China’s sea aggression worries US solon


United States Sen. Robert Corker (R-Tennessee) voiced his growing concerns on China’s increasingly aggressive actions in the West Philippine Sea (South China Sea) and welcomed steps being taken by the Philippines to resolve maritime conflicts.

Corker was in Manila from August 8 to 10.

During his visit, the senator lauded the Philippines’ efforts “to resolve territorial disputes peacefully and in accordance with international law.”

“He expressed strong support for the US-Philippine alliance as a cornerstone of peace and security in the region and reconfirmed the United States’ commitment to the Philippines,” a statement released by the US Embassy in Manila said.

Washington maintains a “strategic interest” in ensuring peace and stability, as well as freedom of trade and navigation, in the West Philippine Sea.

It supports Manila’s move to bring the dispute before the United Nations-backed International Tribunal of the Law of the Sea (Itlos), seeking to invalidate China’s nine-dash line claim in the region, which houses more than $5 trillion worth of global trade annually.

Aside from Corker, a bipartisan delegation of US legislators also visited the Philippines from August 7 to 10.

The delegation led by Rep. Rodney Frelinghuysen (R-New Jersey), included Representatives Kay Granger (R-Texas), Ken Calvert (R-California) and Jim Moran (D-Virginia).

Accompanied by US Ambassador to Manila Philip Goldberg, Corker and the US delegation met with President Benigno Aquino 3rd, Vice President Jejomar Binay, Justice Secretary Leila de Lima and officials of the Philippine National Police (PNP).

The congressional delegation also met with Defense Secretary Voltaire Gazmin and Speaker Feliciano Belmonte Jr., Rep. Rodolfo Biazon, chairman of the House defense committee, Deputy Speaker Giorgidi Aggabao and Rep. Isidro Ungab, chairman of the House appropriations panel.

Corker, on the other hand, met with Philippine senators and other key officials.

He and the congressional delegation reaffirmed and underscored the importance of the 1951 Mutual Defense Treaty (MDT), which provides a framework for Washington to assist Manila in building a minimum credible defense to better patrol its territories and upgrade its weak military system.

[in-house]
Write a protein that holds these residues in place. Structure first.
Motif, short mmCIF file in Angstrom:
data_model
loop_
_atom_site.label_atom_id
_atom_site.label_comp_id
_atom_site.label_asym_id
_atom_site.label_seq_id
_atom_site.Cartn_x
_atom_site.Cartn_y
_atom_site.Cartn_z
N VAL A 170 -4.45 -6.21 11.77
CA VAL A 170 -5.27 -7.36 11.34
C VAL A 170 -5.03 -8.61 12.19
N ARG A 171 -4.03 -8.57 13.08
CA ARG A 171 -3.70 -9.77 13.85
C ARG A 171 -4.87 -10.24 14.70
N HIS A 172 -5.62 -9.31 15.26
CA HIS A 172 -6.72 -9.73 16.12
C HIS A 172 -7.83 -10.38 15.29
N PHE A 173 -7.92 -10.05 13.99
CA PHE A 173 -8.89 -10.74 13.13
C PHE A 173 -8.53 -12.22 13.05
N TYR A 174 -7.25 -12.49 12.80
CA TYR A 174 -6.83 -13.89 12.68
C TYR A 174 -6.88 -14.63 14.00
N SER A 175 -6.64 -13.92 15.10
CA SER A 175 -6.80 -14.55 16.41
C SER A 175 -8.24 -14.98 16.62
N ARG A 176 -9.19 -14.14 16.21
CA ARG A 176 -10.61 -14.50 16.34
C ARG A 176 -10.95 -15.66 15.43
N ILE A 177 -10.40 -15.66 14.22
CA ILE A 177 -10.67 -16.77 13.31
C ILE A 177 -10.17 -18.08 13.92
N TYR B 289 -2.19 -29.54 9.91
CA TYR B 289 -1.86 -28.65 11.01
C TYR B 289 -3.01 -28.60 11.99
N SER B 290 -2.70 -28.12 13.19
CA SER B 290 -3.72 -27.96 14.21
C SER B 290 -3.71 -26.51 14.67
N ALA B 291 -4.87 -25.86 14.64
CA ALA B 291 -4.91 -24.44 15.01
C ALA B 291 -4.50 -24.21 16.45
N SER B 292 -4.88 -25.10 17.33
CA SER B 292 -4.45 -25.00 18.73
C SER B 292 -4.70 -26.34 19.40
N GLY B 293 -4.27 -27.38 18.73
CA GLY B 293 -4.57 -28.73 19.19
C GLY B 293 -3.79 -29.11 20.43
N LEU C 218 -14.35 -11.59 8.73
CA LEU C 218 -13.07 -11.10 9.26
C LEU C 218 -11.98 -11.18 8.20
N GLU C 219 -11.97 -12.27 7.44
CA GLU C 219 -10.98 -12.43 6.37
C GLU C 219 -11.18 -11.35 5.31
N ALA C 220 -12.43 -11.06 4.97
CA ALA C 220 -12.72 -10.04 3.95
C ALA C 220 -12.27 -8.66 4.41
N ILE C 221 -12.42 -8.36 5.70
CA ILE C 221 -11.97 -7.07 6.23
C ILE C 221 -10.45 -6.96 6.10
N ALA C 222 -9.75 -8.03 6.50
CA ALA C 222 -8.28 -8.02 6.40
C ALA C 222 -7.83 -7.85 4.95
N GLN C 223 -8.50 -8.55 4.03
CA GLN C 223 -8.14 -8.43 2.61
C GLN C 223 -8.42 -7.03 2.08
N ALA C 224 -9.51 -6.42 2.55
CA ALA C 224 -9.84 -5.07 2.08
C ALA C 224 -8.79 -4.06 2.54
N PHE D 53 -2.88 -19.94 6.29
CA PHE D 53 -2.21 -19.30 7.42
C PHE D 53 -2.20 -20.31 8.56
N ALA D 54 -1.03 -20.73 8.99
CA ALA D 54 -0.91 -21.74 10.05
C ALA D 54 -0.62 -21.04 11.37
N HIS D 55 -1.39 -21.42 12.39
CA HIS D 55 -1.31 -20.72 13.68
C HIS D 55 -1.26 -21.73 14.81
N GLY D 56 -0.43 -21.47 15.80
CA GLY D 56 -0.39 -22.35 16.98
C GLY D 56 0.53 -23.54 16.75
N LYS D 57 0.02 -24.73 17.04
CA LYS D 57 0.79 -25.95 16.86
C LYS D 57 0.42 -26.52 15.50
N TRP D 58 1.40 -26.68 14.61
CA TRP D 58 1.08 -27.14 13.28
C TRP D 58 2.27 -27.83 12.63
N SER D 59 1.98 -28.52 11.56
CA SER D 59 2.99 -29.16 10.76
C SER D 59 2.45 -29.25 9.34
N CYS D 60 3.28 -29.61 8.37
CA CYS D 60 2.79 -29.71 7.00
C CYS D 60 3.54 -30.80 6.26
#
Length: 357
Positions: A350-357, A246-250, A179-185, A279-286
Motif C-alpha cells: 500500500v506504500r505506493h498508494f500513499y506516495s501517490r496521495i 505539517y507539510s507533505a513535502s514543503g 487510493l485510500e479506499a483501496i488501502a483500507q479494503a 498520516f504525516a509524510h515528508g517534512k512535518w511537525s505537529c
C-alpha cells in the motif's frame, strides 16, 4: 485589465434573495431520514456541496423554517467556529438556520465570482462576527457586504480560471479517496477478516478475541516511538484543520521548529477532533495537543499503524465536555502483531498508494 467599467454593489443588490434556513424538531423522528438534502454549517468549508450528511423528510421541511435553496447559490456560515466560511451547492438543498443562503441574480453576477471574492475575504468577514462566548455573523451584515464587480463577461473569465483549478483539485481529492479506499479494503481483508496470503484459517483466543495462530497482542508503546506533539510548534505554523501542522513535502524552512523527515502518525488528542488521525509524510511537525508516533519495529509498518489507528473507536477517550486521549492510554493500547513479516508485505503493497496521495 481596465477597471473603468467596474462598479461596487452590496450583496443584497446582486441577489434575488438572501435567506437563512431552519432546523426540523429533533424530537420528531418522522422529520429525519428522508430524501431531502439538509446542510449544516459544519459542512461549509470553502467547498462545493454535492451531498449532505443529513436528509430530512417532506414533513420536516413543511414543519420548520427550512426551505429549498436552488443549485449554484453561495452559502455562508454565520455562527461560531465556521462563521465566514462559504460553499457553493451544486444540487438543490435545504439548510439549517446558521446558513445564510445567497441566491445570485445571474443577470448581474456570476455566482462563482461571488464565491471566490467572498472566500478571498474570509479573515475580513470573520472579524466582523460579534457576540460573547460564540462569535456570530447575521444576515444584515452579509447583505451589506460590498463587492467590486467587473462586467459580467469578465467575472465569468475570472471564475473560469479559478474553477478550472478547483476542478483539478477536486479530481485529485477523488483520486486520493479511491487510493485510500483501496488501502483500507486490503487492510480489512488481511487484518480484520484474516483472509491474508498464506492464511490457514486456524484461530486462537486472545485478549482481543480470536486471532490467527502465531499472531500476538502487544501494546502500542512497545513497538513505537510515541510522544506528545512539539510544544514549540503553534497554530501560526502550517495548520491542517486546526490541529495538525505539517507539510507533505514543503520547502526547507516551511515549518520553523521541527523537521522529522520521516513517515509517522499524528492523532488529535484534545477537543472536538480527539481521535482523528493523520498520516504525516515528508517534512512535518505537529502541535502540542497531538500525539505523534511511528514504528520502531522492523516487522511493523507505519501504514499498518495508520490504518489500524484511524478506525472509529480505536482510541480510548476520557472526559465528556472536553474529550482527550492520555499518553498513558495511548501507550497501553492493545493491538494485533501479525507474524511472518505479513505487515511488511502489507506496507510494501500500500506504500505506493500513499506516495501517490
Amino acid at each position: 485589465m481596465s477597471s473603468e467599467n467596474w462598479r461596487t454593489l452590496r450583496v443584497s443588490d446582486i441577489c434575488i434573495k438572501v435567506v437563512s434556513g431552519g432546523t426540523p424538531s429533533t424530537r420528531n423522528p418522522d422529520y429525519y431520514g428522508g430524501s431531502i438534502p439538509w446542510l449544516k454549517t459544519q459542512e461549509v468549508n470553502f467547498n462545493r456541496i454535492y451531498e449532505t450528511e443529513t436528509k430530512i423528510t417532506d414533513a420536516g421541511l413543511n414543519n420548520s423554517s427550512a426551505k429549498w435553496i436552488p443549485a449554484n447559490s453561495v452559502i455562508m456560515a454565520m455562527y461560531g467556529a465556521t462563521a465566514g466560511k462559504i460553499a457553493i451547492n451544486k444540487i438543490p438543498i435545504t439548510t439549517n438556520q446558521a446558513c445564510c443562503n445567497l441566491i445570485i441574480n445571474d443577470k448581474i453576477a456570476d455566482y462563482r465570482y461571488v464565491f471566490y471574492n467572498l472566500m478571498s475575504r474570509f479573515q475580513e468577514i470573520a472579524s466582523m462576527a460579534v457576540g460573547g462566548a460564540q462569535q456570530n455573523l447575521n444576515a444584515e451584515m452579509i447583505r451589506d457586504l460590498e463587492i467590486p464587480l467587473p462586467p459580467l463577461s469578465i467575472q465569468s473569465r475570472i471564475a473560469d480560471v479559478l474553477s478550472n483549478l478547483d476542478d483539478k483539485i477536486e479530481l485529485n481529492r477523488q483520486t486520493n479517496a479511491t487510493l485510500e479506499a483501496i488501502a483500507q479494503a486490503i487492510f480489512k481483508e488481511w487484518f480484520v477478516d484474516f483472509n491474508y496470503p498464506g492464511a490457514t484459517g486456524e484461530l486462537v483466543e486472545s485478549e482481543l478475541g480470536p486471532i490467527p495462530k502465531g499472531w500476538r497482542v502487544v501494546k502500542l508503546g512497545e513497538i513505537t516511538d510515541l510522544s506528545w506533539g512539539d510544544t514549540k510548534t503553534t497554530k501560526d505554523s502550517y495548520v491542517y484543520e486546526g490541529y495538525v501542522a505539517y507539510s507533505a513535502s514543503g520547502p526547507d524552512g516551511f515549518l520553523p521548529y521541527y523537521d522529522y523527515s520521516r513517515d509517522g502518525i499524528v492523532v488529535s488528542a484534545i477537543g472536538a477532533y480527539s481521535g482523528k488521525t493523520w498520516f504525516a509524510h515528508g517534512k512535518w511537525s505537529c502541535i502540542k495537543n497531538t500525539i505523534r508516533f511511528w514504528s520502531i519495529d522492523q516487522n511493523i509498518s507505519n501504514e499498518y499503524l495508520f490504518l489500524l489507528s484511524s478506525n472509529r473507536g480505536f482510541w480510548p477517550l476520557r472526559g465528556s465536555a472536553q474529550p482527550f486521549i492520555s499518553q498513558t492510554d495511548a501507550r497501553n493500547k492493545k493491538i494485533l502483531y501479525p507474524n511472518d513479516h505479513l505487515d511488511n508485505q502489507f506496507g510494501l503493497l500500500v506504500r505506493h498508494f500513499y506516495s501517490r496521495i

The treaty also provided a mechanism that will allow the US or the Philippines to come to each other’s aid in case of an external armed attack.

Corker and the congressional delegation said Washington’s commitment to the MDT is “ironclad.” They also reaffirmed US President Barack Obama’s rebalance to Asia policy.

The US lawmakers also affirmed the importance of strengthening trade ties between the US and the Philippines to boost bilateral relations.

Corker stressed that “strong trade ties [are]critical to economic prosperity and good jobs in both countries.”

He urged the Philippines to pursue membership in the Trans-Pacific Partnership (TPP) that will ease trade limitations and policies.

Corker praised the Philippines’ progress in combating human trafficking, as well as the US commitment to work with other nations as they step up their efforts to pass anti-human trafficking laws and improve enforcement of such laws.

The congressional delegation also visited Zamboanga City to meet with Joint Special Operations Task Force-Philippines (JSOTF-P) personnel.

The delegation discussed current JSOTF-P efforts to advise and assist the Armed Forces of the Philippines in its efforts to counter transnational terrorist groups including Jemmaah Islamiyah and the Abu Sayyaf Group.


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